The Disruptors: Consulting Firms And Agencies In The Emerging Digital Landscape

Michael Brenner

Disruption has become the new norm in many industries, as new paradigms and technologies buck the status quo. For media agencies that provide both talent and resource-based solutions, disruption has unseated formerly untouchable big-name organizations that offer cookie-cutter solutions. Now, the tide is turning to smaller media consulting firms with the agility necessary to take on outcome-based engagements. Results can be delivered digitally and remotely without the need for long-term onsite consultants and project teams.

Looking back: The agency model once thought untouchable

For many decades, the agency model delivered results in the media industry by offering boots-on-the-ground consulting solutions leveraging the finite skills already available on staff. WPP, a British media conglomerate, has long been a leading firm with clients spanning several continents. This firm and its contemporaries embedded professional consultants within its clients’ workforces, continuing to deliver results based on effort-based models long held as the standard for media-centric organizations. Recent financial results paint the picture of internal instability and a failure of the firm to adapt to newer outcome-based paradigms. Now the company is rapidly shedding subsidiaries that previously served in verticals parallel to their clients as it figures out how to right a sinking ship.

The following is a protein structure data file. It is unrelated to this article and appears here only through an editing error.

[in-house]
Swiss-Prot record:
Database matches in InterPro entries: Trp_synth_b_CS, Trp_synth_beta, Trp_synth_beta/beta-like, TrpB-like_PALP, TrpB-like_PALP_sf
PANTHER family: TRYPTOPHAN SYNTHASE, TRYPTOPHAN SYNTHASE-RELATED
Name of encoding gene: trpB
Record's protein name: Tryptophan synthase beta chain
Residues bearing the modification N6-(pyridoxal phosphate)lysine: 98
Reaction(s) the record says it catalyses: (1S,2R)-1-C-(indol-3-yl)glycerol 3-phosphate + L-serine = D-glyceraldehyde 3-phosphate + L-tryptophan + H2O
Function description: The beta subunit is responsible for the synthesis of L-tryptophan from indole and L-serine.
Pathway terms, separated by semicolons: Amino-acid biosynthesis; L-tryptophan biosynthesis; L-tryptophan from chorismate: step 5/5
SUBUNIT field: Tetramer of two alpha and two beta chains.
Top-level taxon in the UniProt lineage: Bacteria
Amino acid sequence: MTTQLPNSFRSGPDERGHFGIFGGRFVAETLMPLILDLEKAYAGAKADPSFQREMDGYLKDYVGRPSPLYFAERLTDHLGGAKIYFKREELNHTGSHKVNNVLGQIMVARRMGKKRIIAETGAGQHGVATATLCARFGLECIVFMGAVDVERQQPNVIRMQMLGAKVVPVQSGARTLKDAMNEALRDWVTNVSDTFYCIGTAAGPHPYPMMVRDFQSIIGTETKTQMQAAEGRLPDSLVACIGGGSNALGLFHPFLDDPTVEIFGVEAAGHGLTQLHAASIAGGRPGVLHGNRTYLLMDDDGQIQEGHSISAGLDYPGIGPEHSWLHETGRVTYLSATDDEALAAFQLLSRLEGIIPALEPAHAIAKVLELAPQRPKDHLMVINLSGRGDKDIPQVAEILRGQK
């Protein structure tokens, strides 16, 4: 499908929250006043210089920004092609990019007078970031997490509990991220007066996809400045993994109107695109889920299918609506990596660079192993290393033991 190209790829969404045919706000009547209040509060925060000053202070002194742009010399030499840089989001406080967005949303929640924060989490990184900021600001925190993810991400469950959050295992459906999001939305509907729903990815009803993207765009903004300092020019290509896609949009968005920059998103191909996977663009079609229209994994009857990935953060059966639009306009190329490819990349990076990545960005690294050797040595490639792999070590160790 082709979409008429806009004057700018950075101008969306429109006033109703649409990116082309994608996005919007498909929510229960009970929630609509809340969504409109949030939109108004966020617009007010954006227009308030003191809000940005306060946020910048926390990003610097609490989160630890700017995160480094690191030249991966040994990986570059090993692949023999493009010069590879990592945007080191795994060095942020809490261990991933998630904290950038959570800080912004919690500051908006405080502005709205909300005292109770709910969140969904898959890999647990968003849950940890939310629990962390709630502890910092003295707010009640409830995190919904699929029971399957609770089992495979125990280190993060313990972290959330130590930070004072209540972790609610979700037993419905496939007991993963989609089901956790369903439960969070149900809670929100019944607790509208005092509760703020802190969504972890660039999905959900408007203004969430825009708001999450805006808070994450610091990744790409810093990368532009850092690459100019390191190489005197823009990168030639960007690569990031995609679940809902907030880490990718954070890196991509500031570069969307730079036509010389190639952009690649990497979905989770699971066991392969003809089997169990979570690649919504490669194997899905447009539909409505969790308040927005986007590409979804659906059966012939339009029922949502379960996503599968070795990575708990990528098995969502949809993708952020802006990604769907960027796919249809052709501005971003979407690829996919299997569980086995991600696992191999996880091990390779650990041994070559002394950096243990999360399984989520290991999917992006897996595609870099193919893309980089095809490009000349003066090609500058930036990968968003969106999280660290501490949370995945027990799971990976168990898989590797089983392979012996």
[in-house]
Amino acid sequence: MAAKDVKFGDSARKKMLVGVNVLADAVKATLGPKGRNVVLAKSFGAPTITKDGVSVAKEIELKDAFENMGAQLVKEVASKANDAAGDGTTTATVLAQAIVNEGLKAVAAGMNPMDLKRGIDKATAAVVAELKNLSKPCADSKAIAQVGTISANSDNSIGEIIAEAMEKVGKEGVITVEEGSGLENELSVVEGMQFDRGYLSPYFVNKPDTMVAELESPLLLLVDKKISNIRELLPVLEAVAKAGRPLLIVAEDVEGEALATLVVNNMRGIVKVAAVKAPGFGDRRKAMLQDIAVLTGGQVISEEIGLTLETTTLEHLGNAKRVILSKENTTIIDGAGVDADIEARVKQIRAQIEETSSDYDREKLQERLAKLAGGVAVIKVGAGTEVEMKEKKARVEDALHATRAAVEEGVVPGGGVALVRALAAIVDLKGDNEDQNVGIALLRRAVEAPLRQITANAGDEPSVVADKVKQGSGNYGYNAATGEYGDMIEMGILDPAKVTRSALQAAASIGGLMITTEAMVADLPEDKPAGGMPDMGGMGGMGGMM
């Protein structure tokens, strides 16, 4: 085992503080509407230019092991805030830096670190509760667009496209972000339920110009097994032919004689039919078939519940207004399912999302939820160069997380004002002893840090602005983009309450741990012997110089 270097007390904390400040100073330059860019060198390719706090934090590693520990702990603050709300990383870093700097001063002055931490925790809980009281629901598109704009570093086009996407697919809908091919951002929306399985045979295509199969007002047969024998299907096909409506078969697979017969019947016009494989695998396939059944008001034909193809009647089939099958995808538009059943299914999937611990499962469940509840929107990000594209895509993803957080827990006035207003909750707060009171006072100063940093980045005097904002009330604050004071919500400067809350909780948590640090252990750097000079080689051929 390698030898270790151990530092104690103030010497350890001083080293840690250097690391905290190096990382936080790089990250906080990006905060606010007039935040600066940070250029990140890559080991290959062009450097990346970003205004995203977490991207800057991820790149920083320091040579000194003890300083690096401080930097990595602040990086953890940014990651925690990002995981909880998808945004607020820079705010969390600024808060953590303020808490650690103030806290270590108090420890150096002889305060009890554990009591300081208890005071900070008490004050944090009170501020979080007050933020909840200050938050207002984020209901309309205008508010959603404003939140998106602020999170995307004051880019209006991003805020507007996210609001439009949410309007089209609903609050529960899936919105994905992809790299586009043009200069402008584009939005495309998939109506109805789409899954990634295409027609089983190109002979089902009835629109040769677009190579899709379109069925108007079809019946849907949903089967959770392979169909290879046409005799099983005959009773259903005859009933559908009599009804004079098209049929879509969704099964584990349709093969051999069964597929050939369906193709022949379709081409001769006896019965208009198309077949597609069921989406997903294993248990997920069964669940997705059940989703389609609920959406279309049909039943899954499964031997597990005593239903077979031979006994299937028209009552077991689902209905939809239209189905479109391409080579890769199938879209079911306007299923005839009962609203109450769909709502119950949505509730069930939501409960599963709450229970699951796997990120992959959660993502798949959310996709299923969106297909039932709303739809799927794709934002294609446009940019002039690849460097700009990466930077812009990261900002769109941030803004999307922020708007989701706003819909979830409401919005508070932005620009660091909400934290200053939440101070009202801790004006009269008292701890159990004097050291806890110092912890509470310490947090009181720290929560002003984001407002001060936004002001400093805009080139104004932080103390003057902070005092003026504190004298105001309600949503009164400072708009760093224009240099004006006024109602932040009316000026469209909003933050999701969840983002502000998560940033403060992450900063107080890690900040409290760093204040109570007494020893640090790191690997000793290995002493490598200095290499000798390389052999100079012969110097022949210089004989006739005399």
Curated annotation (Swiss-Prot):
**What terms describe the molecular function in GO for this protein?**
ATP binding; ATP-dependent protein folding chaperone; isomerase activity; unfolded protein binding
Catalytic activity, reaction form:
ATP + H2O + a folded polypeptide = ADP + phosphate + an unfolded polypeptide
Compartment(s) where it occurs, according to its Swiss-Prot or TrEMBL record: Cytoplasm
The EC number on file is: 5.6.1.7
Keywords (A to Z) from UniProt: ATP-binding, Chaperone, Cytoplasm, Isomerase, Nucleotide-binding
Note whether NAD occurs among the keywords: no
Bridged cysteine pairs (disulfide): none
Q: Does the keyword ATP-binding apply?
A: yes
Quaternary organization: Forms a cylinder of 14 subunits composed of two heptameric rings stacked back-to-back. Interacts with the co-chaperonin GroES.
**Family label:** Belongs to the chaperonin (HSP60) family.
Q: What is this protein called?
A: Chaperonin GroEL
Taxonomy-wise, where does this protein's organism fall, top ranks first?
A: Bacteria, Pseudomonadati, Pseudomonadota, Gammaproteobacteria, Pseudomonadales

The rise of outcome-based solutions with industry-disrupting consulting firms

Smaller, more targeted consulting agencies such as Accenture and Deloitte have already made the shift to outcome-based engagements supporting media clients as well as many other verticals. Accenture describes this as the move from solutions to outcomes. In the former, clients were offered non-unique solutions with success sometimes equating to pounding a square block into a circular hole. Now, relying on digital capabilities, media companies can realize truly unique results that directly address defined needs. An added benefit to this shift in perspective and solutions is improved costs and financials for client organizations.

Designing outcome-based engagements